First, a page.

Should You Eat Before Or After Exercise?

The question of timing your meals around exercise is a tough one: The balance of being fueled heading into your workout, and eating to promote recovery afterwards is tricky. For optimal performance and speedy recovery, eating to fuel the work that you're doing is critical. But exactly when you eat depends on the type of workout you're doing, and what your goals are.

Some people prefer to do shorter, easier workouts in a fasted state, typically before breakfast or the first meal of the day. These workouts help promote fat-burning, rather than using available carbohydrates stored in the muscles, so they can help make workouts more efficient (via Healthline).

Generally, eating before a long workout is going to benefit performance. If you're hoping for an optimal performance, or doing a harder or longer workout, then eating beforehand is important — but you have a wider window than you might think. Eating a small meal or snack between one and four hours before starting to exercise is plenty to get started. If your workout lasts over an hour, you may need to eat during it as well (via the Mayo Clinic).

What about after exercise?

If you decide to skip your pre-workout meal, make sure that you're fueling your exercise appropriately, especially if you're workout lasts longer than an hour. Also be sure to eat soon after (via Healthline).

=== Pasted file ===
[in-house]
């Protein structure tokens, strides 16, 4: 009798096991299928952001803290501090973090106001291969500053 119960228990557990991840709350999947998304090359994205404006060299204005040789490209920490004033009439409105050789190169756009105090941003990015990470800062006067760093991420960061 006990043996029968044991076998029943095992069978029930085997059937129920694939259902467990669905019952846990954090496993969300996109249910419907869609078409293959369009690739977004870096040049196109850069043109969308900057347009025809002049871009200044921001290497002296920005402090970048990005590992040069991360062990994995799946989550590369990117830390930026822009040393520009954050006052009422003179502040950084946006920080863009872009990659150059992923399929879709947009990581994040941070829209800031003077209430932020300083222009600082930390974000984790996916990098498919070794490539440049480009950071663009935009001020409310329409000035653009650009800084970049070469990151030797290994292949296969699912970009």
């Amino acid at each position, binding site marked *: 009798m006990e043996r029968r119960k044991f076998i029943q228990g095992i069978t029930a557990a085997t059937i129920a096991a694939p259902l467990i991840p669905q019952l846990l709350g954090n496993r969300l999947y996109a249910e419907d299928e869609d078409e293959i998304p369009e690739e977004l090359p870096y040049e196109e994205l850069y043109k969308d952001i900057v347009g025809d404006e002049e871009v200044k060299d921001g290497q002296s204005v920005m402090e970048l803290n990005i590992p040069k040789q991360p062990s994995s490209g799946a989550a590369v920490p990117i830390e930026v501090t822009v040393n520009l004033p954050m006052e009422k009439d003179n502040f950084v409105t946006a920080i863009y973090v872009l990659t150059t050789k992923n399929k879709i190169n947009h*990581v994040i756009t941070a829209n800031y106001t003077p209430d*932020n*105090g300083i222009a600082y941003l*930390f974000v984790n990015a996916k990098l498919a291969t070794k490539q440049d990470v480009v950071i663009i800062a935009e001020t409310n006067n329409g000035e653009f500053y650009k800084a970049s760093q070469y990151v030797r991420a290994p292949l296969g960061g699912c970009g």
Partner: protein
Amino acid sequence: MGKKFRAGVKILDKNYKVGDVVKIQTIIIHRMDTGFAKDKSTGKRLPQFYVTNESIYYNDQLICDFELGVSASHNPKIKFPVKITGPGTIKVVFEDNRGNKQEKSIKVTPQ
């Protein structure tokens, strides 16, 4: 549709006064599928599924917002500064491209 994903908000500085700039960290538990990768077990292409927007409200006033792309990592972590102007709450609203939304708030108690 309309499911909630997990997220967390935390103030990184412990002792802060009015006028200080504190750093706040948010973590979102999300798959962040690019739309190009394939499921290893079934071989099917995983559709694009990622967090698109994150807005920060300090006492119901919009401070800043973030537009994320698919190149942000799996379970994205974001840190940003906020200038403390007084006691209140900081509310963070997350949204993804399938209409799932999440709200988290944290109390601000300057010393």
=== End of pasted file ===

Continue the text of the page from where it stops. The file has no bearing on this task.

Arguably, the post-workout meal is more important than a pre-workout meal. After a workout, refilling muscle glycogen stores and beginning the recovery process using carbohydrates and protein is critical. You don't need to chug a protein shake right after a weight set, though. You have a window of time — around an hour after you finish your workout — to eat a meal in order to gain the recovery benefits (via the Mayo Clinic).

You don't need to eat a full meal pre-workout or post-workout. But timing your post-workout to coincide with a meal — breakfast, lunch, or dinner — is a great way to ensure enough protein and carbohydrates to speed up recovery. However, a simple protein shake with a banana or some other carbohydrate is fine. Timing your workouts so that your meals naturally boost your performance is a great way to fuel your exercise properly without added calories. For example, eating breakfast as your pre-workout fuel, then exercising right before lunch, followed by a balanced, protein-packed meal is a great way to eat at optimal times (via the Cleveland Clinic).